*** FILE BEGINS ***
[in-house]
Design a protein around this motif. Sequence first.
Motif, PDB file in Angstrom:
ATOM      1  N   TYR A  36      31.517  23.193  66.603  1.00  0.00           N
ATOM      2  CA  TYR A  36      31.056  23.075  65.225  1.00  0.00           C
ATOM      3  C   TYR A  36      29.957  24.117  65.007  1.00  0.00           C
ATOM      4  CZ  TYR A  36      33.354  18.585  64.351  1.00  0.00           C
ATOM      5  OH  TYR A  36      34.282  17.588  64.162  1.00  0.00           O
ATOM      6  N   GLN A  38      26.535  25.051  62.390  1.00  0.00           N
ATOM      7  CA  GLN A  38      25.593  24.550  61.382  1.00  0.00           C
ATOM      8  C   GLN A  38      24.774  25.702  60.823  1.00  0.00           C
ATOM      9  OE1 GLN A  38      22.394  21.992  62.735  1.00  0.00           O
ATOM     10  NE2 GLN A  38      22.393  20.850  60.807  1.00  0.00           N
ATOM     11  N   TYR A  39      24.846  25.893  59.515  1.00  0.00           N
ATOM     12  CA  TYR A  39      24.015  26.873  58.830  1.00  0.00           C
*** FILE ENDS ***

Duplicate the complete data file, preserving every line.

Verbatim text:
[in-house]
Design a protein around this motif. Sequence first.
Motif, PDB file in Angstrom:
ATOM      1  N   TYR A  36      31.517  23.193  66.603  1.00  0.00           N
ATOM      2  CA  TYR A  36      31.056  23.075  65.225  1.00  0.00           C
ATOM      3  C   TYR A  36      29.957  24.117  65.007  1.00  0.00           C
ATOM      4  CZ  TYR A  36      33.354  18.585  64.351  1.00  0.00           C
ATOM      5  OH  TYR A  36      34.282  17.588  64.162  1.00  0.00           O
ATOM      6  N   GLN A  38      26.535  25.051  62.390  1.00  0.00           N
ATOM      7  CA  GLN A  38      25.593  24.550  61.382  1.00  0.00           C
ATOM      8  C   GLN A  38      24.774  25.702  60.823  1.00  0.00           C
ATOM      9  OE1 GLN A  38      22.394  21.992  62.735  1.00  0.00           O
ATOM     10  NE2 GLN A  38      22.393  20.850  60.807  1.00  0.00           N
ATOM     11  N   TYR A  39      24.846  25.893  59.515  1.00  0.00           N
ATOM     12  CA  TYR A  39      24.015  26.873  58.830  1.00  0.00           C